Payday loans may lead to personal bankruptcy
During hard economic times many consumers may run out of money before the next payday. When this happens some people turn to payday loans.
Eileen St. Pierre, Oklahoma State University Cooperative Extension personal finance specialist, said a payday loan is a small, short-term loan used to cover a borrower's expenses until his or her next payday.
"Payday loans are normally due every week or every other week," St. Pierre said. "With these loans borrowers get into financial trouble and it usually seems other debts like credit cards or mortgages tend to be ignored."
Research found payday loan applicants who received the quick cash after their first application were significantly more likely to file for Chapter 13 bankruptcy than those whose initial application was denied.
Furthermore, research indicated payday loans coupled with interest payments may be sufficient to tip the balance into bankruptcy for a population that is already severely financially stressed.
"Let's say you take out a $100 payday loan for seven days. You are charged a $25 fee for this. You may not realize, but the $25 is a form of interest," St. Pierre said. "So when you get your paycheck at the end of the week, you need to pay back $125. Pay off this loan and never return!"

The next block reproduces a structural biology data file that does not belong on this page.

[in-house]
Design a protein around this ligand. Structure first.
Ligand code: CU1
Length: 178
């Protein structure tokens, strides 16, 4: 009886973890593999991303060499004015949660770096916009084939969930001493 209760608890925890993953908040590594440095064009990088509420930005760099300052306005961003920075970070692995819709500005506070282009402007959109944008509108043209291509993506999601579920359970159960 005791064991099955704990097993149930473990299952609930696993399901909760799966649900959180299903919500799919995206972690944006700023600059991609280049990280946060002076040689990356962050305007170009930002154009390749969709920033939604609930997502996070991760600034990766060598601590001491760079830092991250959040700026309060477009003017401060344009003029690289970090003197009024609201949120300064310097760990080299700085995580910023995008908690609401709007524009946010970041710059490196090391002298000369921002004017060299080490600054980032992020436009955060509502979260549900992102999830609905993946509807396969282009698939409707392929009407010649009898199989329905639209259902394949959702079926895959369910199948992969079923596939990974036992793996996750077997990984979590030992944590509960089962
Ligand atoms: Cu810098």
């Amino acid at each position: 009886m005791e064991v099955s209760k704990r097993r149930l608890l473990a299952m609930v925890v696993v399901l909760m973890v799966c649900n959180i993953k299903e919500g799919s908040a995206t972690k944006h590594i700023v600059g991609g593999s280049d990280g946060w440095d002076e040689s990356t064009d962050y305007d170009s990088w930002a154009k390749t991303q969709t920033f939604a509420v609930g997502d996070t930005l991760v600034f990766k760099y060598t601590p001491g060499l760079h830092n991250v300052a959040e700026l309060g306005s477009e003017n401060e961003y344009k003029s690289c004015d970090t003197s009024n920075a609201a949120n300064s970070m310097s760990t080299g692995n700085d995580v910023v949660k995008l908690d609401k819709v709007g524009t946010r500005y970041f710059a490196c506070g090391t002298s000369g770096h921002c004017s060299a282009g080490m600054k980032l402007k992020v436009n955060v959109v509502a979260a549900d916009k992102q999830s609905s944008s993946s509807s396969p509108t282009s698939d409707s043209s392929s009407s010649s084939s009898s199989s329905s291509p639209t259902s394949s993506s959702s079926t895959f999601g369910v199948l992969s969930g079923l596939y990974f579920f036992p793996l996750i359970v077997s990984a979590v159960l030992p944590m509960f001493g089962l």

However, many who take out payday loans do return in need of cash.
"Each week, people end up taking out another $100 loan. If the cycle continues for each successive week the annual interest rate on this would be 1,303.57 percent," she said. "Payday loan providers are required to provide information to consumers on payday loans, this information can be found at mypaydayloan.com."
St. Pierre offers these tips to increase emergency savings and reduce the need for payday loans:
--Increase income by working overtime if available, get a part-time job and put that money into a savings account. Sell what you can, hold a garage sale; try to avoid pawn shops if at all possible.
--Decrease monthly expenses anyway you can. Lower the thermostat a few degrees, turn off the heat when you are not home, turn off the lights when you leave a room, shut off the television when you are not watching it. Reduce or cancel cable service or cell phone service.
--Look for ways to bundle services together.
--Shop smarter. Try to use coupons and buy more generic-brand products. Try to generate enough savings using coupons to cover the sales tax on groceries.
--Change driving habits. Reduce gas consumption by combining shopping trips. Carpool with friends, walk when you can or if your community offers a bus service commute that way.
"You can also see if there are programs offered by your church or local community that can help you during this difficult time and help you manage your finances," she said.